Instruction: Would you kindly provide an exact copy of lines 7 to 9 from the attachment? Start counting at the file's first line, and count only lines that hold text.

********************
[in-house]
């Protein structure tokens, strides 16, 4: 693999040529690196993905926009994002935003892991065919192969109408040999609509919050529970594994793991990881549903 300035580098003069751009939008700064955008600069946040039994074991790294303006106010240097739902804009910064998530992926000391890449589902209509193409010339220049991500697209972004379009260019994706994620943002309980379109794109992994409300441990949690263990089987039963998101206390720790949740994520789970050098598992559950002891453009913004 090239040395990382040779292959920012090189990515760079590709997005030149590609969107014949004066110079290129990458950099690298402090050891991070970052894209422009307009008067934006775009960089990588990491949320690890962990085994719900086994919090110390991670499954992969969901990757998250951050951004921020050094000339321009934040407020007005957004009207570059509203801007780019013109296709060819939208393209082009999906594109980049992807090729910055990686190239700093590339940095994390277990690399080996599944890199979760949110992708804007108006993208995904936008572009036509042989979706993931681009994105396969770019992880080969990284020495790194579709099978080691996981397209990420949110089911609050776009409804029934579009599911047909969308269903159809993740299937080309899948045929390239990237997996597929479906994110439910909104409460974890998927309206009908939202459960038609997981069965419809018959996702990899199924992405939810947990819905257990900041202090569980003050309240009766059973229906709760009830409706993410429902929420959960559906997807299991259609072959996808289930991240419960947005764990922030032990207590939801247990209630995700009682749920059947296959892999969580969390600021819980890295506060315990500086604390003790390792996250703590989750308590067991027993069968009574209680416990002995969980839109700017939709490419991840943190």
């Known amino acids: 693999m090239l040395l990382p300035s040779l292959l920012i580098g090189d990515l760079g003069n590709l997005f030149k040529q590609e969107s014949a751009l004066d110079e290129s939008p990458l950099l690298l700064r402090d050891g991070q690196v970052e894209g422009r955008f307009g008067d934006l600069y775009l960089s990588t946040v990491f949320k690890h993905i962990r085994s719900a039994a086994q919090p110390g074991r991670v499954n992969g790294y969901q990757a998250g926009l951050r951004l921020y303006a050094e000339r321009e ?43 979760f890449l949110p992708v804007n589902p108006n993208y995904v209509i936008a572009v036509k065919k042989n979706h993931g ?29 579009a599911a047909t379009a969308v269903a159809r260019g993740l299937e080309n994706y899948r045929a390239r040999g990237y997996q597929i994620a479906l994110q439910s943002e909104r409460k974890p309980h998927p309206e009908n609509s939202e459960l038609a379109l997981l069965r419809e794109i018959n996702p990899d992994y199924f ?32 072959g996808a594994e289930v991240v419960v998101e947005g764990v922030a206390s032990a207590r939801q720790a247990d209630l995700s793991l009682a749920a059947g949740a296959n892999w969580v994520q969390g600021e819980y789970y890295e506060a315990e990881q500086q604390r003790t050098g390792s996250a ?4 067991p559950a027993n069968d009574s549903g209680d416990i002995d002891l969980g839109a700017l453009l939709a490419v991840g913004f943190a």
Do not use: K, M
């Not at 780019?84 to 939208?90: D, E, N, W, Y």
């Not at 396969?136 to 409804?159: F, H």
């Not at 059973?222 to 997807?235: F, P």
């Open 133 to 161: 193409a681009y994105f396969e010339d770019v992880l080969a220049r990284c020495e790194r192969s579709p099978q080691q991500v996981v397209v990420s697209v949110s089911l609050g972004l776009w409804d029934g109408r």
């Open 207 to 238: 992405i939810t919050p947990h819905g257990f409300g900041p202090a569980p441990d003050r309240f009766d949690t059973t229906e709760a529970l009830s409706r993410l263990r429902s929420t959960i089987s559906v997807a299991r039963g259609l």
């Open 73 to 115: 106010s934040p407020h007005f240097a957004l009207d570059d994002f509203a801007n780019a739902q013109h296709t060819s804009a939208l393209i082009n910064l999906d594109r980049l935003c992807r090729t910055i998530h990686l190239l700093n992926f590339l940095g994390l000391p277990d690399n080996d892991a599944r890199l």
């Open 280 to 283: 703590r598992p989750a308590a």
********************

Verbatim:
């Not at 059973?222 to 997807?235: F, P």
């Open 133 to 161: 193409a681009y994105f396969e010339d770019v992880l080969a220049r990284c020495e790194r192969s579709p099978q080691q991500v996981v397209v990420s697209v949110s089911l609050g972004l776009w409804d029934g109408r």
């Open 207 to 238: 992405i939810t919050p947990h819905g257990f409300g900041p202090a569980p441990d003050r309240f009766d949690t059973t229906e709760a529970l009830s409706r993410l263990r429902s929420t959960i089987s559906v997807a299991r039963g259609l």